TitleReducing Phosphorus to Curb Lake Eutrophication is a Success
Publication TypeJournal Article
Year of Publication2016
AuthorsSchindler, DW, Carpenter, SR, Chapra, SC, Hecky, RE, Orihel, DM
JournalEnvironmental Science & Technology
Volume50
Issue17
Pagination8923 - 8929
Date Published2016/09/06
ISBN Number0013-936X
Abstract

As human populations increase and land-use intensifies, toxic and unsightly nuisance blooms of algae are becoming larger and more frequent in freshwater lakes. In most cases, the blooms are predominantly blue-green algae (Cyanobacteria), which are favored by low ratios of nitrogen to phosphorus. In the past half century, aquatic scientists have devoted much effort to understanding the causes of such blooms and how they can be prevented or reduced. Here we review the evidence, finding that numerous long-term studies of lake ecosystems in Europe and North America show that controlling algal blooms and other symptoms of eutrophication depends on reducing inputs of a single nutrient: phosphorus. In contrast, small-scale experiments of short duration, where nutrients are added rather than removed, often give spurious and confusing results that bear little relevance to solving the problem of cyanobacteria blooms in lakes.As human populations increase and land-use intensifies, toxic and unsightly nuisance blooms of algae are becoming larger and more frequent in freshwater lakes. In most cases, the blooms are predominantly blue-green algae (Cyanobacteria), which are favored by low ratios of nitrogen to phosphorus. In the past half century, aquatic scientists have devoted much effort to understanding the causes of such blooms and how they can be prevented or reduced. Here we review the evidence, finding that numerous long-term studies of lake ecosystems in Europe and North America show that controlling algal blooms and other symptoms of eutrophication depends on reducing inputs of a single nutrient: phosphorus. In contrast, small-scale experiments of short duration, where nutrients are added rather than removed, often give spurious and confusing results that bear little relevance to solving the problem of cyanobacteria blooms in lakes.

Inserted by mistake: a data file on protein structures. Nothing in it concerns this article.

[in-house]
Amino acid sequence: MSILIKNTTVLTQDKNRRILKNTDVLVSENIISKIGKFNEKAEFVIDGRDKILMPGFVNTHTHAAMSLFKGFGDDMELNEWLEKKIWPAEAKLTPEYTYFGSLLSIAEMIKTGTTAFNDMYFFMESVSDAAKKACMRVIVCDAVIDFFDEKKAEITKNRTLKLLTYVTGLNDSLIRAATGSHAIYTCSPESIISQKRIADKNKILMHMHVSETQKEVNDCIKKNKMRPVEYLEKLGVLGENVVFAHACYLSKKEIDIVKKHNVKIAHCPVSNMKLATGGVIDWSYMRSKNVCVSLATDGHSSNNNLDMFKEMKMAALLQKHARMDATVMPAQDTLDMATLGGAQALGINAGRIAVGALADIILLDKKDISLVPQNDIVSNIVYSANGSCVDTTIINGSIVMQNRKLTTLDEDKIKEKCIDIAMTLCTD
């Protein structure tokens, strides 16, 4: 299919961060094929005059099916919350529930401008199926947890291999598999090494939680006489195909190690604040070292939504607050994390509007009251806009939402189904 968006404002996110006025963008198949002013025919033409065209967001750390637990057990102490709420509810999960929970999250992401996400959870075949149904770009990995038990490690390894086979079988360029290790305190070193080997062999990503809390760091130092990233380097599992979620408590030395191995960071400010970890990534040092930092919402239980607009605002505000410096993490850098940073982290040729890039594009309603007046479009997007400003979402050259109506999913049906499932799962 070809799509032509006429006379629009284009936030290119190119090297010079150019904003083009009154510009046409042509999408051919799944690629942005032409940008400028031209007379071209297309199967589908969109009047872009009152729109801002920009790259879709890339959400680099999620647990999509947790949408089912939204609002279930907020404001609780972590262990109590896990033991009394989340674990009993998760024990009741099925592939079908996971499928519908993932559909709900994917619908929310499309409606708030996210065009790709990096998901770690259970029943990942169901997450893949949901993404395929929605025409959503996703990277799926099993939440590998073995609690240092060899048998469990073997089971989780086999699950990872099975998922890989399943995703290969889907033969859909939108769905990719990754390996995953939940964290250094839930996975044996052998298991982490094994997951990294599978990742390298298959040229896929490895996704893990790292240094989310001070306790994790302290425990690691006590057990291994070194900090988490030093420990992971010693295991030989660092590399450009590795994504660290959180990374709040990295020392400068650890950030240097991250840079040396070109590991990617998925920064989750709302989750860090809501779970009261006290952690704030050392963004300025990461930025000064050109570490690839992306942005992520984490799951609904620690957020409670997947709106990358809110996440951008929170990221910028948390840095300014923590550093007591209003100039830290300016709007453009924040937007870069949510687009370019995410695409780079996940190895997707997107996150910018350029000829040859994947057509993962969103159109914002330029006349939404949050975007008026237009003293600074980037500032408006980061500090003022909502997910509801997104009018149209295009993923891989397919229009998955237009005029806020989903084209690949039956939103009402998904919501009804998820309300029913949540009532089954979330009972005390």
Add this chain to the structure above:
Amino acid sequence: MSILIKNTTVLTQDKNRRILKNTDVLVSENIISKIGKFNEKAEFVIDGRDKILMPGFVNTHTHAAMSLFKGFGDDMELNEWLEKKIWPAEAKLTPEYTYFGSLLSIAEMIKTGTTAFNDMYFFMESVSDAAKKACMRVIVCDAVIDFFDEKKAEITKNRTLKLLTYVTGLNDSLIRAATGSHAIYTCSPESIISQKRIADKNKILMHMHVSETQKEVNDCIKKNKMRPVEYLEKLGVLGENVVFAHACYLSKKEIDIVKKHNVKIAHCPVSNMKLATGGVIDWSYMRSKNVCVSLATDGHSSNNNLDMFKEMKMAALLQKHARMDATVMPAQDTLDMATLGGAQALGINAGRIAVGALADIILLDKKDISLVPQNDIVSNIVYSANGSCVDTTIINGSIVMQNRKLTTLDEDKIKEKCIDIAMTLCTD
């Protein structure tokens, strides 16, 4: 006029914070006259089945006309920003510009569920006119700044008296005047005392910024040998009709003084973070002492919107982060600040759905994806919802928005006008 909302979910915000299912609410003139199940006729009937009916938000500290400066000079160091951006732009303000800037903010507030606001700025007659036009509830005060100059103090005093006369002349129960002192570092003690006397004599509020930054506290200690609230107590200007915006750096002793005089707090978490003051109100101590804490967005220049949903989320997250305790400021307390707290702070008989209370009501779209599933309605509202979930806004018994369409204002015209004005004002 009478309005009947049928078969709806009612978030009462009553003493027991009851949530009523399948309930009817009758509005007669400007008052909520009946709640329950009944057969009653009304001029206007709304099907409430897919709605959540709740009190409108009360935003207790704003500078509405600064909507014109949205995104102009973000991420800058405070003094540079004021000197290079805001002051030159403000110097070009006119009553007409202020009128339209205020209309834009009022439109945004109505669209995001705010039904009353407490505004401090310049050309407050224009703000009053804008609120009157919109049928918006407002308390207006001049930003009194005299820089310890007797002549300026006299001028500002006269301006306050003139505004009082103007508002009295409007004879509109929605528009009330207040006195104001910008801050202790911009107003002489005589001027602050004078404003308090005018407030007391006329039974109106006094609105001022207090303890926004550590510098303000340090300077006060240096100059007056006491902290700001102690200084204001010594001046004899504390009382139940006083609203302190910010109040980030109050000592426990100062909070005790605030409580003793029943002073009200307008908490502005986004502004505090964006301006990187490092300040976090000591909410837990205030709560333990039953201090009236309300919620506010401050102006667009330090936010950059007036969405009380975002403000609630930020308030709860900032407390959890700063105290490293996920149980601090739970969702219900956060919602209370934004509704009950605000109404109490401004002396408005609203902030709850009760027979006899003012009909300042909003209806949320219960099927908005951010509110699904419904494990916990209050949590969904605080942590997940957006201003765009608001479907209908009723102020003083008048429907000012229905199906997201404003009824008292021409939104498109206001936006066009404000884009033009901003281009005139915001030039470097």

URLhttp://dx.doi.org/10.1021/acs.est.6b02204
DOI10.1021/acs.est.6b02204